Eastern has now won 10 straight games and is 12-2. Jacksonville State ended its season at 11-4.

Despite it's defensive finish, the first-half fireworks contributed to Eastern's 545-528 edge in offense, and provided another set of broken records.

Eastern set Big Sky Conference records for single season scoring with 561 points and passing offense – 4,853 yards – with Eagles' quarterback Vernon Adams breaking the league record for passing yards 4,600. Adams finished 18-of-29 for 324 yards, throwing touchdowns 52 and 53 the third-most in FCS history.

Cooper Kupp, Forte and Ashton Clark – who led the team Saturday with a career-high 181 yards – scored for the Eagles in the first half. Kupp had 99 yards receiving and Forte carried 24 times for 190 yards.

Linebacker Ronnie Hamlin, who injured his shoulder in the first half and wasn't expected to play after the break, played through the pain and finished with 15 total tackles to lead the Eagles. Cornerback T.J. Lee III added 12 tackles, broke-up a pass and had a quarterback hurry. Linebacker Cody McCarthy was the third Eagle in double figure tackles with 11.

Shortell finished 12 of 22 passing for 173 yards but tossed the two costly interceptions. Gavin Ellis, James and Anthony Johnson all scored for the Gamecocks with Ellis's score on a reverse and halfback pass from Telvin Brown.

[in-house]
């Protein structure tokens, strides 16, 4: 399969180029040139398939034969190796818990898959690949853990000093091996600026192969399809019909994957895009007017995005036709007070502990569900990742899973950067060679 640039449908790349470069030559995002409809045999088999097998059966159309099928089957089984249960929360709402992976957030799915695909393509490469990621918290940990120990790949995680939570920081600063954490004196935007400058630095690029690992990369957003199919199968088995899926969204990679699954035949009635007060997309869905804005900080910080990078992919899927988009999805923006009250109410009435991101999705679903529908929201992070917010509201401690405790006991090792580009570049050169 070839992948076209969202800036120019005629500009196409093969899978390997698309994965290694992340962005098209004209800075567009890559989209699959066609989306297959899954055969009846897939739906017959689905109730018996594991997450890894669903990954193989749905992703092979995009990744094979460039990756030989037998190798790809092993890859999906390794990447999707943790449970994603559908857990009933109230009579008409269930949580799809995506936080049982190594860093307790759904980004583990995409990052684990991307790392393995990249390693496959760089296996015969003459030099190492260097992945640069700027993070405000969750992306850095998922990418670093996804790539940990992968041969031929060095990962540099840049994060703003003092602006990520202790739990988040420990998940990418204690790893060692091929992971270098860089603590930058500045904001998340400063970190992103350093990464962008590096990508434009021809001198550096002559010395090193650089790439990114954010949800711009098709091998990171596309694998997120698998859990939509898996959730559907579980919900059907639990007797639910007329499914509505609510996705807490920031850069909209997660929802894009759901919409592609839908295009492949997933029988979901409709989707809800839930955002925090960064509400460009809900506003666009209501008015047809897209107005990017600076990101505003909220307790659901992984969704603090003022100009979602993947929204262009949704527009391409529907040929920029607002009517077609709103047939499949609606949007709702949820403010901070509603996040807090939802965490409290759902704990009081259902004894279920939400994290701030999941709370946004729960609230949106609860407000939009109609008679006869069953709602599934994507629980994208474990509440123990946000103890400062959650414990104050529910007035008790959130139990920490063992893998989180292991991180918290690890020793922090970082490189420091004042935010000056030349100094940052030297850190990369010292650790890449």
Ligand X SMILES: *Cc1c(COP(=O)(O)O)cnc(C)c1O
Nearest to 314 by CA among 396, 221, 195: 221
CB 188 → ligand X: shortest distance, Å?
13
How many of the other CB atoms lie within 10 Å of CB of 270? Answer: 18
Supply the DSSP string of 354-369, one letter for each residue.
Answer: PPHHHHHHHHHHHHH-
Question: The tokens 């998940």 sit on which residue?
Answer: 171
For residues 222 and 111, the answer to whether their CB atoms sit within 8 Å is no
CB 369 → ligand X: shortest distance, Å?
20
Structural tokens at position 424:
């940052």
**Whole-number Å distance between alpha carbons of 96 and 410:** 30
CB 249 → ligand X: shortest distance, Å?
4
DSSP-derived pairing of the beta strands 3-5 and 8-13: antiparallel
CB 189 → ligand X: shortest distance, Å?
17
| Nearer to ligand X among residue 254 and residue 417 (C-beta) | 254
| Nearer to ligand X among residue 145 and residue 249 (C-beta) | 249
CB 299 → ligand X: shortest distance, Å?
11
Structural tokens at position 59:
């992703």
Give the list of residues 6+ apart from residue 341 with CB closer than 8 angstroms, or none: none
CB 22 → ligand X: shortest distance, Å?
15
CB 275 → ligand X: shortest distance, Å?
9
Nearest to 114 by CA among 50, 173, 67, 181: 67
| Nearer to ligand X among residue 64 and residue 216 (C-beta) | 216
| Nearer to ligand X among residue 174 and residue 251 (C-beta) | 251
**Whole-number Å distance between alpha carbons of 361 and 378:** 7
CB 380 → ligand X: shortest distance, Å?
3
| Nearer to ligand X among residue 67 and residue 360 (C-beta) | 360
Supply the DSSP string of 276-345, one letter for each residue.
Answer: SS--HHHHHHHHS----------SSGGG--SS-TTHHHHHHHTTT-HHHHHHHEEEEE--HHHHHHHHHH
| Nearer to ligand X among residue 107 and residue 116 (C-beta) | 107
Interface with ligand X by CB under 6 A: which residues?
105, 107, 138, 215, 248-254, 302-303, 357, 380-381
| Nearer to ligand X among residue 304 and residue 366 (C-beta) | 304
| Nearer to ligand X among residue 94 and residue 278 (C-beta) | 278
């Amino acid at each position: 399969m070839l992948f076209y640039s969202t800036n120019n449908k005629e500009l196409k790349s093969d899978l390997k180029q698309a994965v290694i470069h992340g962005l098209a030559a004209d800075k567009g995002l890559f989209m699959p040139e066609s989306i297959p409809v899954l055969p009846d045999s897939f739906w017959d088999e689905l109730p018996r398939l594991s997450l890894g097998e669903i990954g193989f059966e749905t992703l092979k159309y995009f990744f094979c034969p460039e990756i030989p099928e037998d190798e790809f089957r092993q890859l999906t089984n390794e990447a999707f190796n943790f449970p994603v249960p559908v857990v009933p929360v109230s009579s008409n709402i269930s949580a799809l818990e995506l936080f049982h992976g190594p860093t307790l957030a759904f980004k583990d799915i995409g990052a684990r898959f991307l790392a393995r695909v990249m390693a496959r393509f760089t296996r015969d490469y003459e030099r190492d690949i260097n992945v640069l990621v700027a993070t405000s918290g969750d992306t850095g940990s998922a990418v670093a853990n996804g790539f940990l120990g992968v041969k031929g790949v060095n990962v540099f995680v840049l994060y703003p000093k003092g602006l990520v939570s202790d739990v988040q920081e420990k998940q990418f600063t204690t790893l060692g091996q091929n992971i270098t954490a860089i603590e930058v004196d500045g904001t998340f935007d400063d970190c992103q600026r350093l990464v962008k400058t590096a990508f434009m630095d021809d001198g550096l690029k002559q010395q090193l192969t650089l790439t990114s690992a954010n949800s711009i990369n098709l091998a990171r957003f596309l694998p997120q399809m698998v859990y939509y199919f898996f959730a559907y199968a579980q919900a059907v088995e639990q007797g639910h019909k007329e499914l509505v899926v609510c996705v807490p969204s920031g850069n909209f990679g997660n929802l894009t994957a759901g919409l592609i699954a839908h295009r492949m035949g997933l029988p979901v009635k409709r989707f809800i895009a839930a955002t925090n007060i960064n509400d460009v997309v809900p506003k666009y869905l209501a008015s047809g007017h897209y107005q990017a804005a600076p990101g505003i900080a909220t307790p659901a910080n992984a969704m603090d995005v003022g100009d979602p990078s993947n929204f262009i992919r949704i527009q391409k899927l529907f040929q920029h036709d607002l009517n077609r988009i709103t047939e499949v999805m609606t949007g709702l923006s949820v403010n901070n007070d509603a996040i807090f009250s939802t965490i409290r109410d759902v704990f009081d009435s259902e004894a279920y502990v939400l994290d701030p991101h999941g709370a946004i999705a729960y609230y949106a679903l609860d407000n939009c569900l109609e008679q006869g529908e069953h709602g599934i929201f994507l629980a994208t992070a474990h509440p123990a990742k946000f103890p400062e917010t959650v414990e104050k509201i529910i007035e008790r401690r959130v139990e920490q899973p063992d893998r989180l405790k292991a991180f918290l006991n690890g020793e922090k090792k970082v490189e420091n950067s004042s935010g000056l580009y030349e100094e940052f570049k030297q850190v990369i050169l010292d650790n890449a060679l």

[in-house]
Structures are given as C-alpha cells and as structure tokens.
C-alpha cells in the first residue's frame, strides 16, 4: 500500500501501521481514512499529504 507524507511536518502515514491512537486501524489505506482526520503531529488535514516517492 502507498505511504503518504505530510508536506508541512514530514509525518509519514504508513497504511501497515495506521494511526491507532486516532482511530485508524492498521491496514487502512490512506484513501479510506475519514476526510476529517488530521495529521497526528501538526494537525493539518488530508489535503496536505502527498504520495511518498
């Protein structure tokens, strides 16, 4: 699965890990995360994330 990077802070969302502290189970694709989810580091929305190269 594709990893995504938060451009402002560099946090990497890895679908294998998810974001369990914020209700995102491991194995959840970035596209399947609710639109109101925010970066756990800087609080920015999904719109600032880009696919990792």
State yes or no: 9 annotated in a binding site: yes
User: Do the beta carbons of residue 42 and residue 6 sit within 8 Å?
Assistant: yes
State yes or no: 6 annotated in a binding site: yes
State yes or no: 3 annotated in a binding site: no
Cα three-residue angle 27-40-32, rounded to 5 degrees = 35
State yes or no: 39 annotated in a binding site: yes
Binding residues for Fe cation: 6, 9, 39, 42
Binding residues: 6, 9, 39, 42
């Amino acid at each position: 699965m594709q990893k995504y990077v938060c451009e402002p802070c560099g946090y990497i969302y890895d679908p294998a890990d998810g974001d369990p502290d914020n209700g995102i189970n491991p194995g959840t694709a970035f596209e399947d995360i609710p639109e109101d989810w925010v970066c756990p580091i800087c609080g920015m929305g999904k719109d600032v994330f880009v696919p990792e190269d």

Jacksonville State head coach Bill Clark said the loss of Jenkins was certainly a factor. "I think if you take anybody's starting quarterback, they're going to have some problems – that's just the nature of the business," he said. "Especially if you have a guy that's mobile, you're taking that risk."

But the bigger problem was Havili's interception.

"It was an option where we can throw the fade, and he has two choices there," Clark said. "He came back to the guy underneath, and we say that if you throw late to the middle bad things happen, and that's what happened."

Paul Delaney can be reached at pdelaney@cheneyfreepress.com.